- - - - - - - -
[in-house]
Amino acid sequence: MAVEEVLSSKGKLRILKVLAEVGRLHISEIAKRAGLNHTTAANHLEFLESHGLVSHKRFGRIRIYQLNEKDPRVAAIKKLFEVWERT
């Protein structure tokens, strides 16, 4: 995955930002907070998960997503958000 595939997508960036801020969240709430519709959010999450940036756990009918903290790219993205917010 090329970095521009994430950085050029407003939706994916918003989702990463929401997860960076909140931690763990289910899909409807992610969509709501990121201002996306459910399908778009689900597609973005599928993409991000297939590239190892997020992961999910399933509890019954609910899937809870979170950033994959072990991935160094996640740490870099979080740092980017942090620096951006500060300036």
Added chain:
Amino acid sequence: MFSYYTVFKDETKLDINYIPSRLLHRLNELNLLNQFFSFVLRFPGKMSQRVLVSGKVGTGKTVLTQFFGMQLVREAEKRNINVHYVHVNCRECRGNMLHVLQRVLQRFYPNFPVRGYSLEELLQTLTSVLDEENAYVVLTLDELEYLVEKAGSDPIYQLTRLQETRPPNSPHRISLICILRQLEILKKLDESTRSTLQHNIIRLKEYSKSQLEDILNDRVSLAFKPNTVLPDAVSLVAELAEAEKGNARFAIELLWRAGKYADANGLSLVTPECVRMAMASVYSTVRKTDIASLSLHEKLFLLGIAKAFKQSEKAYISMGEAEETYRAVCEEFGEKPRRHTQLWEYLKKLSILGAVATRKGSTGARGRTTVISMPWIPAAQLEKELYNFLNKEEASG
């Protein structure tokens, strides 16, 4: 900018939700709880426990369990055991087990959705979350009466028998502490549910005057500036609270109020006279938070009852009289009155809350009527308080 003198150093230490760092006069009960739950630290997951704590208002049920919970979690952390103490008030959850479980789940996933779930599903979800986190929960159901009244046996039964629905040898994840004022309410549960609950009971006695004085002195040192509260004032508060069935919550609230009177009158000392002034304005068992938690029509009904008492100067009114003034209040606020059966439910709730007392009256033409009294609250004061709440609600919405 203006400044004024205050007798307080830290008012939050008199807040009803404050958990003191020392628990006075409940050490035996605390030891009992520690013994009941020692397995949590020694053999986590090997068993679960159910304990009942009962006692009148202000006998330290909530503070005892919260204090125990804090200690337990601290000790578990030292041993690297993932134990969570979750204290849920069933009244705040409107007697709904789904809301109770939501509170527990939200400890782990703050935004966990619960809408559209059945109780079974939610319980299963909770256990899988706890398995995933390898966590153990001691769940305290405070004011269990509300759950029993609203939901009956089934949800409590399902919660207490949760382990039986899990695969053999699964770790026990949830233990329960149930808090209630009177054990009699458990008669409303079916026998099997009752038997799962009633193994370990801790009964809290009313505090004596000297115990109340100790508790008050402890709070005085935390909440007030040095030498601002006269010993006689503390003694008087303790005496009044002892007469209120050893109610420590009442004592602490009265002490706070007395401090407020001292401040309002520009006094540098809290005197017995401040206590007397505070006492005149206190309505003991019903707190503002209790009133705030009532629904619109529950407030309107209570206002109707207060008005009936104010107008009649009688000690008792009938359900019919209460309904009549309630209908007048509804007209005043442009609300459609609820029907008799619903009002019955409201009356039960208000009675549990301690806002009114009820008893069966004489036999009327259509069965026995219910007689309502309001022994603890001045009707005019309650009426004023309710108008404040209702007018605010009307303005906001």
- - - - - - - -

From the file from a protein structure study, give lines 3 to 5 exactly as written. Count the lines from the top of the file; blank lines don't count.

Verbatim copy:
């Protein structure tokens, strides 16, 4: 995955930002907070998960997503958000 595939997508960036801020969240709430519709959010999450940036756990009918903290790219993205917010 090329970095521009994430950085050029407003939706994916918003989702990463929401997860960076909140931690763990289910899909409807992610969509709501990121201002996306459910399908778009689900597609973005599928993409991000297939590239190892997020992961999910399933509890019954609910899937809870979170950033994959072990991935160094996640740490870099979080740092980017942090620096951006500060300036």
Added chain:
Amino acid sequence: MFSYYTVFKDETKLDINYIPSRLLHRLNELNLLNQFFSFVLRFPGKMSQRVLVSGKVGTGKTVLTQFFGMQLVREAEKRNINVHYVHVNCRECRGNMLHVLQRVLQRFYPNFPVRGYSLEELLQTLTSVLDEENAYVVLTLDELEYLVEKAGSDPIYQLTRLQETRPPNSPHRISLICILRQLEILKKLDESTRSTLQHNIIRLKEYSKSQLEDILNDRVSLAFKPNTVLPDAVSLVAELAEAEKGNARFAIELLWRAGKYADANGLSLVTPECVRMAMASVYSTVRKTDIASLSLHEKLFLLGIAKAFKQSEKAYISMGEAEETYRAVCEEFGEKPRRHTQLWEYLKKLSILGAVATRKGSTGARGRTTVISMPWIPAAQLEKELYNFLNKEEASG